In this example we solve the Lanczos-3 Lanczos (1956) problem, a nonlinear least squares regression. The regression problem consists of ${\mathbf{nres}}=24$ observations, $\left(t,y\right)$, to be fitted over the ${\mathbf{nvar}}=6$ parameter model
 $y= ϕ (t;x) + ε = x1 e -x2t + x3 e -x4t + x5 e -x6t + ε ,$
and the residuals for the regression are
 $ri (x) = yi - ϕ (ti,x) i = 1 : nres ,$
where
 $t = ( 0.0000,0 0.0500,0 0.1000,0 0.1500,0 0.2000,0 0.2500,0 0.3000,0 0.3500,0 0.4000,0 0.4500, ( 0.5000,0 0.5500,0 0.6000,0 0.6500,0 0.7000,0 0.7500,0 8.0000,0 8.5000,0 9.0000,0 0.9500,0 ( 1.0000,0 1.0500,0 1.1000,0 1.1500 ) ; y = ( 2.5134,0 2.0443,0 1.6684,0 1.3664,0 1.1232,0 0.9269,0 0.7679,0 0.6389,0 0.5338,0 0.4479,0 ( 0.3776,0 0.3197,0 0.2720,0 0.2325,0 0.1997,0 0.1723,0 0.1493,0 0.1301,0 0.1138,0 0.1000,0 ( 0.0883,0 0.0783,0 0.0698,0 0.0624).$
The following bounds are defined on the variables
 $0.0 ≤ x1 ≤ 1.0, -1.0 ≤ x2, -1.0 ≤ x3, -1.0 ≤ x4, -1.0 ≤ x5 ≤ 1.0, -1.0 ≤ x6 ≤ 10.0.$
The initial guess is ${x}_{0}=\left(1.2,0.3,5.6,5.5,6.5,7.6\right)$.
The expected solution is ${x}^{*}=\left(0.4445,1.8734,3.0665,4.6404,-0.9982,4.6409\right)$ with residual norm close to $2.1×{10}^{-6}$.

### 10.1Program Text

Program Text (e04ggfe.f90)

None.

### 10.3Program Results

Program Results (e04ggfe.r)

## 11Algorithmic Details

This section contains a short description of the underlying algorithms used in e04ggf, a bound-constrained nonlinear least squares (BXNL) solver that uses a model-based trust region framework adapted to exploit the least squares problem structure. It is based on a collaborative work between NAG and the STFC Rutherford Appleton Laboratory. For further details, see Gould et al. (2017) and references therein.

### 11.1Trust Region Algorithm

In this section, we are interested in generic nonlinear least squares problems of the form
 $minimize x ∈ ℝ nvar f(x)= 12 ∑ i=1 nres [wiri(x)] 2 + σp ‖x‖2p subject to lx ≤ x ≤ ux .$ (2)
where ${r}_{i}\left(x\right)$, $i=1,\dots ,{n}_{\mathrm{res}}$, are smooth nonlinear functions called redisuals, ${w}_{i}>0,i=1,\dots ,{n}_{\mathrm{res}}$ are the weights (by default they are all defined to $1$, see Section 9.2 on how to change them), and the rightmost element represents the optional regularization term of parameter $\sigma \ge 0$ and power $p>0$. The constraint elements ${l}_{x}$ and ${u}_{x}$ are ${n}_{\mathrm{var}}$-dimensional vectors defining the bounds on the variables. For the rest of this chapter, and without any loss of generality, it is assumed that weights are all set to the default value of $1$ and are excluded from the formulae. e04ggf is an iterative framework for solving (2) which consists of a variety of algorithms that solve the trust region subproblem. The fundamental ideas of the framework follow.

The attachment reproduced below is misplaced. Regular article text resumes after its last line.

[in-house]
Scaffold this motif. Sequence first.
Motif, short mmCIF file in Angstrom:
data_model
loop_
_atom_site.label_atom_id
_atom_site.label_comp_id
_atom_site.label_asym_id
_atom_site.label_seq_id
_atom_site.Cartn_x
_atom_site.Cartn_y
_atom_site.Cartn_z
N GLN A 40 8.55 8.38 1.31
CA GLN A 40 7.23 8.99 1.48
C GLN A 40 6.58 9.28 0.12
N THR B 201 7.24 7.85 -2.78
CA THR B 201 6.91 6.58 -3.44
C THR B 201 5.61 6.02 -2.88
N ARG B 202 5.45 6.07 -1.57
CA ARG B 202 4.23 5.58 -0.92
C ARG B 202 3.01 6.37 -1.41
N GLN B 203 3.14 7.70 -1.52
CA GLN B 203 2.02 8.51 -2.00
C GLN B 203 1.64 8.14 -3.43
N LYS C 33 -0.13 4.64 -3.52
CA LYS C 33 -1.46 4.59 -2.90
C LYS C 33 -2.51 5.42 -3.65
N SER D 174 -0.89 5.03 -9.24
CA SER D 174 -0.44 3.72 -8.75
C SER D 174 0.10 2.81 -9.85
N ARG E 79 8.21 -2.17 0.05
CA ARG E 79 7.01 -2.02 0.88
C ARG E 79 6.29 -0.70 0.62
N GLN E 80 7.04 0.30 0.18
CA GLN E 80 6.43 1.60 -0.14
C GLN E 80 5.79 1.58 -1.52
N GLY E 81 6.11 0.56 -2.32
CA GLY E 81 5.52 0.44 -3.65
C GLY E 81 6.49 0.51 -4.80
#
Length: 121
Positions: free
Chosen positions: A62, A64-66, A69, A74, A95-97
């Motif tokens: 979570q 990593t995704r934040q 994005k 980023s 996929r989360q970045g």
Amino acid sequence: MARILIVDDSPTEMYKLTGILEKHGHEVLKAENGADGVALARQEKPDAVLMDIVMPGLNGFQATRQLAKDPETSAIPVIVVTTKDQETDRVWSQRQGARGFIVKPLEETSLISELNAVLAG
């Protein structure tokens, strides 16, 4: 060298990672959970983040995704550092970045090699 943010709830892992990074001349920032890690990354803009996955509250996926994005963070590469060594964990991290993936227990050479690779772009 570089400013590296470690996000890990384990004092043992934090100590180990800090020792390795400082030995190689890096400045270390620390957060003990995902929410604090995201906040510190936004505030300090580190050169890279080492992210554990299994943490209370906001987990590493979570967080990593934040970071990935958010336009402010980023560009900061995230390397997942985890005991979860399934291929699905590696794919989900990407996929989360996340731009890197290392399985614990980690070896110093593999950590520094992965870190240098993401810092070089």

At each point ${x}_{k}$, the algorithm builds a model of the function at the next step, $f\left({x}_{k}+{s}_{k}\right)$, which we refer to as ${m}_{k}$ (see Section 11.2).
Once the model has been formed, the candidate for the next point is found by solving a suitable subproblem (see Section 11.3). Let ${P}_{\Omega }\left(x\right)$ be the Euclidean projection operator over the feasible set, then the quantity
 $ρk= f (xk) - f (PΩ(xk+sk)) mk (xk) - mk (PΩ(xk+sk)) ,$
is used to assess the quality of the proposed step. If it is sufficiently large we accept the step and ${x}_{k+1}$ is set to ${P}_{\Omega }\left({x}_{k}+{s}_{k}\right)$; if not, the trust region radius ${\Delta }_{k}$ is reduced and the resulting new trust region subproblem is solved. If the step is very successful ($\rho$ is close to $1$), ${\Delta }_{k}$ is increased.
Under certain circumstances, it is deemed that the projection of the current point with the trust region step will not produce a successful point and the new step ${s}_{k}$ is calculated using a convenient line search step.
This process continues until a point is found that satisfies the stopping criteria described in Section 11.5. More precisely, it can be described as:
• BXNL Algorithm
1. 1.Initialization
Set $k=1$, make a feasible initial guess ${x}_{0}$ and set trust region radius ${\Delta }_{0}$.
2. 2.Iteration k
1. (i)Stop if ${x}_{k}$ is a solution point (see stopping criteria in Section 11.5).
2. (ii)Solve the trust region subproblem with ${\Delta }_{k}$ and provide step ${s}_{k}$.
3. (iii)Project the new point ${x}_{k}+{s}_{k}$ into the bound constraints.
4. (iv)Evaluate the objective at the new point.
5. (v)Update the trust region radius ${\Delta }_{k+1}$ based on the ratio ${\rho }_{k}$.
6. (vi)If the objective has decreased sufficiently (successful step) choose ${x}_{k+1}={P}_{\Omega }\left({x}_{k}+{s}_{k}\right)$. Return to 2(i).